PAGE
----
How To Use Ski Poles — Properly!


Ski poles (“sticks” or “poles”) help develop your balance, accuracy, rhythm, timing, and support on the slopes. Without them, you’d likely spend a lot more time falling on the slopes than skiing.

So you need a firm understanding of these tools. Here’s how to use ski poles — properly!

Types of Poles

Ski poles design may appear simplistic, but it’s not! Racers, for instance, are more likely to use a uniquely shaped, lighter stick for faster speeds.

There are also telescoping poles. The length is adjustable for alpine descents or an uphill climb.

Without the right features, you’ll never learn to use a ski pole properly!


The basket’s primary purpose is to prevent poles from digging too deep into the snow, ensuring better maneuverability.

The basket, located near the bottom of the pole, has a design for (i) powder conditions or (ii) hardpack and groomed conditions.

The former requires a big basket while the latter utilizes a smaller one.


Choosing the right pole is going to make all the difference in the world. You have to consider length and one that works with your size. Too long or too short does you no good.

Hold the stick upside down with the grip touching the ground. Grip just below the basket. Your elbow needs to form a 90 degree (or right) angle.

If it’s near 90, go with a different pole. Should you find yourself between sizes, best you go with the shorter option. See my full guide on ski pole length for more info!


Novice skiers are fine with the average ski pole. It won’t be until you grow in the sport that you’ll understand why the type of pole matters.

More experienced skiers understand how terrain plays in choosing a pole!

Park or pipe skiers go with shorter poles. They downsize one inch to avoid their poles catching on park obstacles and halfpipe walls. Similarly, powder and backcountry skiers often also want shorter poles to help avoid catching them on trees and rocks.

The on-mountain trail skier likes to stick to alpine poles, the traditional 90-degree elbow angle. They supply the versatility you need for blue runs and on-piste steeps. Mogul skiers like alpine poles as it allows better timing on turns through bumps.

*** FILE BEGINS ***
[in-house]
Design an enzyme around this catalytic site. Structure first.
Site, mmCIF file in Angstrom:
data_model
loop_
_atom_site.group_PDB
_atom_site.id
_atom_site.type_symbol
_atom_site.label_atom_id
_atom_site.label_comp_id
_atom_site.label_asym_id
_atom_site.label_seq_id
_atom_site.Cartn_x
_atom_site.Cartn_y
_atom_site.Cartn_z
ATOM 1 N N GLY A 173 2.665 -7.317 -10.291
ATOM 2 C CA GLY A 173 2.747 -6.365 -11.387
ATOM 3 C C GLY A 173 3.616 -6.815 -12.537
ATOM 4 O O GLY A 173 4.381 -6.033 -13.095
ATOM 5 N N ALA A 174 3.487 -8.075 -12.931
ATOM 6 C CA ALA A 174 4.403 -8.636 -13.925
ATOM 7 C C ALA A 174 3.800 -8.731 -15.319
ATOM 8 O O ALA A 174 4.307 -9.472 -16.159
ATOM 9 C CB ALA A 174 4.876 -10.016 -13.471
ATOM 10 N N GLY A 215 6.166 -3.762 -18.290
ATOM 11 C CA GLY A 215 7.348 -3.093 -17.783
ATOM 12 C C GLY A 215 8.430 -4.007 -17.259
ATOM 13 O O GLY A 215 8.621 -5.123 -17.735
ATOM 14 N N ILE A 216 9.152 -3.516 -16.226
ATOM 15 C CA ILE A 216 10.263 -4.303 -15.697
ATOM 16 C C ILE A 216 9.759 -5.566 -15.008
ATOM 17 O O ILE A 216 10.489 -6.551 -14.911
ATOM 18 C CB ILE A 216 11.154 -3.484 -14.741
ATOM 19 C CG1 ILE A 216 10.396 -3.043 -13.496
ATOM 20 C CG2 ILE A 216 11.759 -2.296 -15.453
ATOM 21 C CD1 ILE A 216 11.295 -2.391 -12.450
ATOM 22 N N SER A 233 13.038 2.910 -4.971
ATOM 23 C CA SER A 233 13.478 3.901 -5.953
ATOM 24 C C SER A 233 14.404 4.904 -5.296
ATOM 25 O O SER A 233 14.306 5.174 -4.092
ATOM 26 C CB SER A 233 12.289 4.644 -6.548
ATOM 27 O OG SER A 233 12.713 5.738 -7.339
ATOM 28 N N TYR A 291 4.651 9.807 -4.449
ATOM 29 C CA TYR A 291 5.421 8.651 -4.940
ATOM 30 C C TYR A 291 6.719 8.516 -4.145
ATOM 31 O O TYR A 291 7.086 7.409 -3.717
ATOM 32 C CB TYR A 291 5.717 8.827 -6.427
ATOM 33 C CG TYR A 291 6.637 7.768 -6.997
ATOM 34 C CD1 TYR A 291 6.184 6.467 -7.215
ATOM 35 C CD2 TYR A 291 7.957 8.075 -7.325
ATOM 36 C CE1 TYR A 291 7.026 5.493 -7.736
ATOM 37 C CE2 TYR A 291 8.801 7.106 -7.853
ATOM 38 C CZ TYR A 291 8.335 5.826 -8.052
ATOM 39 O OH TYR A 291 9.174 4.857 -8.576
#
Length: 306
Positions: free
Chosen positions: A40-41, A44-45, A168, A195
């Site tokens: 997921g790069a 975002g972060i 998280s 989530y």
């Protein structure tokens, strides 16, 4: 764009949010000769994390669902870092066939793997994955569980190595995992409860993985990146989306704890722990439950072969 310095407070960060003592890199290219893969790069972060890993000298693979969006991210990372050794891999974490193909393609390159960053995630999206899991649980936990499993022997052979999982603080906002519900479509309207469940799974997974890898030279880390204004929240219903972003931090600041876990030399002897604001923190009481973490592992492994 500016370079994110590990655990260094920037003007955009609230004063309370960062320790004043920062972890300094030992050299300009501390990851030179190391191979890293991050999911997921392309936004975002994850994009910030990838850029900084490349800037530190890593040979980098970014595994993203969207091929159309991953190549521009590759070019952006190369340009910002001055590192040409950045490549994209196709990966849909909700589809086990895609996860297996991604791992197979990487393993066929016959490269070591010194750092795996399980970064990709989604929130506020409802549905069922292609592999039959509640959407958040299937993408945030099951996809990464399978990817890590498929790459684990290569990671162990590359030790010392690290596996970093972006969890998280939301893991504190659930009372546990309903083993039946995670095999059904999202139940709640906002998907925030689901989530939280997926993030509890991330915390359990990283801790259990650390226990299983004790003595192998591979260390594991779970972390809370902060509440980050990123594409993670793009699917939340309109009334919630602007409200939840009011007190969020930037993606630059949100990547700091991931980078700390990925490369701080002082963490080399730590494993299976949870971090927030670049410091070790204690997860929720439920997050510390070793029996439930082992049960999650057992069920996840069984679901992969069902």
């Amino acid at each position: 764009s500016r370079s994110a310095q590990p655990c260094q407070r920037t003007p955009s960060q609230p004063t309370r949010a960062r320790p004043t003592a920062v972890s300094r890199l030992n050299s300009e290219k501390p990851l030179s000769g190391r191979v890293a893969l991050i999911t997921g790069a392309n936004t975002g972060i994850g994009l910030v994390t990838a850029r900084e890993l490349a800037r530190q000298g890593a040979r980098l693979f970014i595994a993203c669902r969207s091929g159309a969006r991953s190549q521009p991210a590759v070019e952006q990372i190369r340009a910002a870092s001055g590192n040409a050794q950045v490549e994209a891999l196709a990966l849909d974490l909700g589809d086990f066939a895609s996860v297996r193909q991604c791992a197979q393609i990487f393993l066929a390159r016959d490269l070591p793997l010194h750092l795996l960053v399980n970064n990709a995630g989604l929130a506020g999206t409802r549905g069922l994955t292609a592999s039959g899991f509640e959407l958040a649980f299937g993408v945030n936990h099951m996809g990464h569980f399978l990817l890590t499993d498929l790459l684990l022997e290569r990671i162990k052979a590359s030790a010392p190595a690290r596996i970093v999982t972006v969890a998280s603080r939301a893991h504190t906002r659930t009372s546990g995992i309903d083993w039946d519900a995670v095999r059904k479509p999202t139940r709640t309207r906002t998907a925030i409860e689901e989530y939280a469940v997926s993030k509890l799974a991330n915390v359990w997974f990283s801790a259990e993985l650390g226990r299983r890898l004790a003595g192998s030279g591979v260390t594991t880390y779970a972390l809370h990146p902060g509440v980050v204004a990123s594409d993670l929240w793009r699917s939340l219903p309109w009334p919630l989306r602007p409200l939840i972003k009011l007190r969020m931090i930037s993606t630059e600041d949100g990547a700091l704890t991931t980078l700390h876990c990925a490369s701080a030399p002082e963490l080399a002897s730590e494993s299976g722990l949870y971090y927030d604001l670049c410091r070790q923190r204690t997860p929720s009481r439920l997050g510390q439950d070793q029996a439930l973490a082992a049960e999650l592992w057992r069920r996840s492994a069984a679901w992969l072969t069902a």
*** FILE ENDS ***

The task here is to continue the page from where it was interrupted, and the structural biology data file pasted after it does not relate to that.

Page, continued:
Touring skiers do a lot of hiking and skinning up and down mountains. The practice requires adjustable poles. The ability to switch back and forth makes ascending (long pole) and dissenting (short sticks) easier.

Racers like aerodynamics. They lean toward sticks that are lightweight and often curved.


When checking out grips, wear your glove or mitten of choice. Smooth grips are for mitten wearers. Grips with finger molds are for those who wear gloves.

The size of the grip is important too. The longest grip typically comes in men’s size.


While is is generally a simple asset, it is getting high-end. The loop minimizes the loss of your pole. Others like clickable or quick-release straps.

They are excellent tools on the racecourse or in the backcountry when you fall.


A quality carbon or aluminum stick flicks forward without needing too much weight. They won’t drag your hands either. The weight shouldn’t constrict easy movement or force hand movement.

You’ll probably notice when you rent skis they tend to a heavier metal. That’s to cover the possibility of snapping or bending under pressure. But if you buy, go with a quality product.

Using Your Sticks

The skier learns the basic turn first. Once you’ve conquered it, you can learn to execute complex movements, tricks, and challenges.

Basic Ski Moves

Parallel turns are essentially the most basic ski move.

Many see the wedge turn as the first step as you combine both to take a slope. So let’s take a look at both.

The Wedge

The wedge starts from a wide, stable stance. You’re in a relaxed position, feet apart and comfortable. Use a slight bend of the knees, a forward tilt of the shin.

You want your skis perhaps hip-width apart, hands about waist-high, and your hands outside the elbows. Tip your torso slightly forward, shoulders in front of the hips.

Slow turns should begin with a wider stance. You want to steer feet in the turn’s direction. Angle ski poles behind you.

You want to rotate or twist the lower torso. Your upper body can tilt in the direction if it helps. When the turn’s complete, steer into the new direction. Practice allows you to narrow the wedge and develops a better form for parallelling.

Parallel Turns

Find a good place to practice. That’s probably the lowest-angle, easiest slope available. You want to go in completely comfortable. You’re not testing your limits, so don’t feel you need a challenge.